Finally, a wine called Amarone emerged in the mid 20th Century. Now a DOCG wine, a good story is that it resulted from barrels of recioto abandoned during World War Two that were left to fully ferment. Although this story may be somewhat fanciful, such wine having probably been produced in the past, modern Amarone began to be deliberately produced only since the 1950s. Amarone is a very strong, highly alcoholic, strongly oaked, full and complex wine, made from dried late harvest red grapes as per a Recioto. For the DOCG it must be aged for three years in oak, and many makers age it for longer still.

After lunch we visited the tour guide’s family business, Damoli, which makes a stunning 2006 “Checo” amarone. We were forced to buy six bottles to bring back in the luggage.

After all that hard work, and a nap at the hotel, we met up with Rob and Angela again at an excellent restaurant, Trattoria Tre Marchetti, for a four course degustation. It was entirely decadent and well-deserved; ham with an apricot and cherry marinaded in mustard and amarone, which gave them a horseradish kick. A porcini and black truffle fettucine, then braised veal cheek in jus, with buttered potatoes and a little pressed spoon of suviche zucchini and carrot. And a plate of miniature dessert pastries. With a great Superiore, a Zenato Ripasso, and finally a Recioto, which we dared to try with the red meat; it was surprising and fantastic. The wine was offered in an array of wineglasses including Murano glass, and one for the Ripasso that was seriously the size of my face. And as anyone who knows me knows, I have a big face.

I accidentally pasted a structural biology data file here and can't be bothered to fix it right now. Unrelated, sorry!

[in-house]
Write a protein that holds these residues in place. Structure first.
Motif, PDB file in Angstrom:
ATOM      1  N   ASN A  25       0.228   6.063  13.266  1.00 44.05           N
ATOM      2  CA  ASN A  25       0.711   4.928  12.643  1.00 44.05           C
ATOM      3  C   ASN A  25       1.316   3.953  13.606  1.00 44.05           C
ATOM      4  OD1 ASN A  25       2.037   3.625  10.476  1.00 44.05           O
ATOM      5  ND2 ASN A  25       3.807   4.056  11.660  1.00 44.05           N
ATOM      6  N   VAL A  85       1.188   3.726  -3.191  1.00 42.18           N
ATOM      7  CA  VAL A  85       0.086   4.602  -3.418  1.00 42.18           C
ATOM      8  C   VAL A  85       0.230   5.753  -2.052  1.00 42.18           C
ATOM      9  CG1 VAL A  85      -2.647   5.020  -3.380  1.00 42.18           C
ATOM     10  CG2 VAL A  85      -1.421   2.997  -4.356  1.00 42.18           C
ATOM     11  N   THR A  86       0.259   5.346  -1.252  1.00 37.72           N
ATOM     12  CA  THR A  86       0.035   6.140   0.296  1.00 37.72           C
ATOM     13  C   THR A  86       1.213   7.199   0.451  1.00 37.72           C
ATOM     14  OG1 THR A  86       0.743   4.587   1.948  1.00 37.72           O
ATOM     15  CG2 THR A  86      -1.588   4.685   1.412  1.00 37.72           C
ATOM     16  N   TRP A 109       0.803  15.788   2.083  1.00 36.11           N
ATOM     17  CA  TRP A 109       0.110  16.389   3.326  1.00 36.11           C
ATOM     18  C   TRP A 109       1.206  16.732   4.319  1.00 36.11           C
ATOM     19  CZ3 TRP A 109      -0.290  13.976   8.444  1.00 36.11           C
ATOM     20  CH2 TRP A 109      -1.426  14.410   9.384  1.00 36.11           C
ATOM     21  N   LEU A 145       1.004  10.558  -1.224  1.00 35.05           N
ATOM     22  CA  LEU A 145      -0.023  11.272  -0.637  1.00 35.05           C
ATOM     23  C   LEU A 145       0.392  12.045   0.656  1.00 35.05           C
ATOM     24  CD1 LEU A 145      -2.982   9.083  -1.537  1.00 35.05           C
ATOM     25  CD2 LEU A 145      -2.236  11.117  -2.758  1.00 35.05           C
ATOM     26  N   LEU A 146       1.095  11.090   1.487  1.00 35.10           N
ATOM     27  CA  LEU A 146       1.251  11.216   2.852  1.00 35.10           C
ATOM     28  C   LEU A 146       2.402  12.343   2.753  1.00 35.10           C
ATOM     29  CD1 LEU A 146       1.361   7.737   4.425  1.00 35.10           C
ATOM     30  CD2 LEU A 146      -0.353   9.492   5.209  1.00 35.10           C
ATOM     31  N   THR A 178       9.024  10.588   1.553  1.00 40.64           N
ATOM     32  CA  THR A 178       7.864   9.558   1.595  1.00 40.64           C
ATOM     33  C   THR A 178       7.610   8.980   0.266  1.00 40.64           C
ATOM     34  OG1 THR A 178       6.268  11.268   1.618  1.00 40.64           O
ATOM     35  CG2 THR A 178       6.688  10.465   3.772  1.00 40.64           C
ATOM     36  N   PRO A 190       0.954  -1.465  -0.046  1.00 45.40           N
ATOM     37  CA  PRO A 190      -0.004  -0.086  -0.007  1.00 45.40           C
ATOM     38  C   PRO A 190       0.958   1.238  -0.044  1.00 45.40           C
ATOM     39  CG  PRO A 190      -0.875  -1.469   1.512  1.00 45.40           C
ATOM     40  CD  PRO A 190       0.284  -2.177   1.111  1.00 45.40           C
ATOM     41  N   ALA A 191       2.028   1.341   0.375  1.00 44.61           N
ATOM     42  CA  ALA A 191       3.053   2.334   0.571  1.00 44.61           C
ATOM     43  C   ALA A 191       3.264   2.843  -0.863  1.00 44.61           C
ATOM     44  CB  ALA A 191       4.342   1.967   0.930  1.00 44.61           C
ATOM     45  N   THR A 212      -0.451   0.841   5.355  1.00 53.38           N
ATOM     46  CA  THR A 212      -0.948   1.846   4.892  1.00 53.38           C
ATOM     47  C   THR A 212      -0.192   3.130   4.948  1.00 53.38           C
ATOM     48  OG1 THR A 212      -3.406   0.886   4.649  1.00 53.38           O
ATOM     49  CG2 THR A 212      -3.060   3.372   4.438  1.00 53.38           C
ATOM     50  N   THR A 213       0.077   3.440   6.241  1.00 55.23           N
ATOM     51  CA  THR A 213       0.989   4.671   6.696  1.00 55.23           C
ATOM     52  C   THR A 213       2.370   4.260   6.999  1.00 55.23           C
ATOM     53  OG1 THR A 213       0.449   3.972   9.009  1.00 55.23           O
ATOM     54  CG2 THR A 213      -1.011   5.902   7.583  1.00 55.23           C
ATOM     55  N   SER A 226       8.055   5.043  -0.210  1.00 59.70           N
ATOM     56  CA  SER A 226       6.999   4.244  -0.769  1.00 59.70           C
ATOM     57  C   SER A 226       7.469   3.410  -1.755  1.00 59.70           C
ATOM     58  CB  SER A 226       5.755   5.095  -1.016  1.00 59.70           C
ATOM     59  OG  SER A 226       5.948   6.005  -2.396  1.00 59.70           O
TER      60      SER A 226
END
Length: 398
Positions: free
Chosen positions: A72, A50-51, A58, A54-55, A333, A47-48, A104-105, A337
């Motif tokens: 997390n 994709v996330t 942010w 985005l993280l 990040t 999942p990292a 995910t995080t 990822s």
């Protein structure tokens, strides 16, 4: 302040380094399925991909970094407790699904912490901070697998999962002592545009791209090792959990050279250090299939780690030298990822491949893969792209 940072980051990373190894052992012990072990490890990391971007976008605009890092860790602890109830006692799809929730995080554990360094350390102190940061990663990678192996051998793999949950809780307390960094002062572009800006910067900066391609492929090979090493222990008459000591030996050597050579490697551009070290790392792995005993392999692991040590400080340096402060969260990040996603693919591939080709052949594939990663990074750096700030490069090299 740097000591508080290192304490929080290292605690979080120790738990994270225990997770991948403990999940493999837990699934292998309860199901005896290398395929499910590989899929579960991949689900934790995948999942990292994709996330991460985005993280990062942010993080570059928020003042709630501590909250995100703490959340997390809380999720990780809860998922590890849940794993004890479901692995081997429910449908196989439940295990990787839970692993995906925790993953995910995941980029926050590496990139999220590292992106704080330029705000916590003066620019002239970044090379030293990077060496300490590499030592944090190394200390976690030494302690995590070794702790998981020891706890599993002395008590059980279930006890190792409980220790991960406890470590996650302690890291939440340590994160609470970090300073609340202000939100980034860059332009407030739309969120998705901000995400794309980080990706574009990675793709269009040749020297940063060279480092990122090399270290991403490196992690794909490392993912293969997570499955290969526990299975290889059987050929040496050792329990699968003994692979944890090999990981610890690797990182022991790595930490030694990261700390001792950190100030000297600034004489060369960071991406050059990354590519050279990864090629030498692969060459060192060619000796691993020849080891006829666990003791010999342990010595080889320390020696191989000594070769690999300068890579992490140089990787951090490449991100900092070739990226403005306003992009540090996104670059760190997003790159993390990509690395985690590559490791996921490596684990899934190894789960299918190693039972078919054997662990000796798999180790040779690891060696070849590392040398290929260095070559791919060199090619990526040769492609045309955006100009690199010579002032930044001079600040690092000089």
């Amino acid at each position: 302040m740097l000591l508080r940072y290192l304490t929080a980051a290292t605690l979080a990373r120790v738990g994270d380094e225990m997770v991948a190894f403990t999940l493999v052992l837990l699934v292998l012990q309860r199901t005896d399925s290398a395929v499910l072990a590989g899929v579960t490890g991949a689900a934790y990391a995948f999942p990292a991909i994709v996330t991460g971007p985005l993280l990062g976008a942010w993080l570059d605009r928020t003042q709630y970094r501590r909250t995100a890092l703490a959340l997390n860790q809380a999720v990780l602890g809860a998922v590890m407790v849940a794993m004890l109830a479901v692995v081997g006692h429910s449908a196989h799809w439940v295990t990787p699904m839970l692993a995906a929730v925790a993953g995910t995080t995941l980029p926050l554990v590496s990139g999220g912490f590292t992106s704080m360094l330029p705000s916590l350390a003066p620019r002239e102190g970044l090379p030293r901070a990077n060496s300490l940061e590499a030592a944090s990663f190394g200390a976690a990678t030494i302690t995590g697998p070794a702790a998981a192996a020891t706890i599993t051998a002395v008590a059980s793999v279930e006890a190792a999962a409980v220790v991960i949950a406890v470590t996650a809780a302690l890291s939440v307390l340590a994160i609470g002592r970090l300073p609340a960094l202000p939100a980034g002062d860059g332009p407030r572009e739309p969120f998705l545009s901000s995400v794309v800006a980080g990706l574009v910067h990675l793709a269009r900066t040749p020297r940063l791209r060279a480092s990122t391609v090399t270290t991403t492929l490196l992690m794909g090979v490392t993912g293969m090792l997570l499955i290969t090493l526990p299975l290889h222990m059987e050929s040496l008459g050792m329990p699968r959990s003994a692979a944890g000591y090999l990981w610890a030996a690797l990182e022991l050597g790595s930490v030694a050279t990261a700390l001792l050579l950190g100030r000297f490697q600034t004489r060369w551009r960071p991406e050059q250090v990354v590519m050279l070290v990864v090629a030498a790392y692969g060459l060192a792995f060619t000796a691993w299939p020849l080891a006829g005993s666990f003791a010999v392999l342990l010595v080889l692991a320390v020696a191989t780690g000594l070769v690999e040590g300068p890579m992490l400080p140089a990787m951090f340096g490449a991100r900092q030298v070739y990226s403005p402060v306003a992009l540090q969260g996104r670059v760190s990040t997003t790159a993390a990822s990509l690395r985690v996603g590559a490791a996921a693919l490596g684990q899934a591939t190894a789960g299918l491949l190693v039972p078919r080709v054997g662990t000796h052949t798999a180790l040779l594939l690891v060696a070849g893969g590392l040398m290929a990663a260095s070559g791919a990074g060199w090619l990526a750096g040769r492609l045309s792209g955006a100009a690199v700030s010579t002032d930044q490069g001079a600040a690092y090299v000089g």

The following day it was hot, and we felt a little tired and lazy, so we had pizza with soppressata, olives, capers and big white anchoves from a good outdoor pizzeria for lunch, and read our books for a while. We had a look around the fortress museum, lots of devotional art, frescoes and statues of the Virgin Mary.

Interesting different things about Italy #49: bathroom taps are often operated by a foot pedal.

At 5.30 we jumped on the train again. Next up, Bologna, less than an hour away, where we just had great fresh pasta with Bolognese ragù for dinner at a Chinese-run canteen for only €5, since almost nothing else was open. But that’s another story for another post!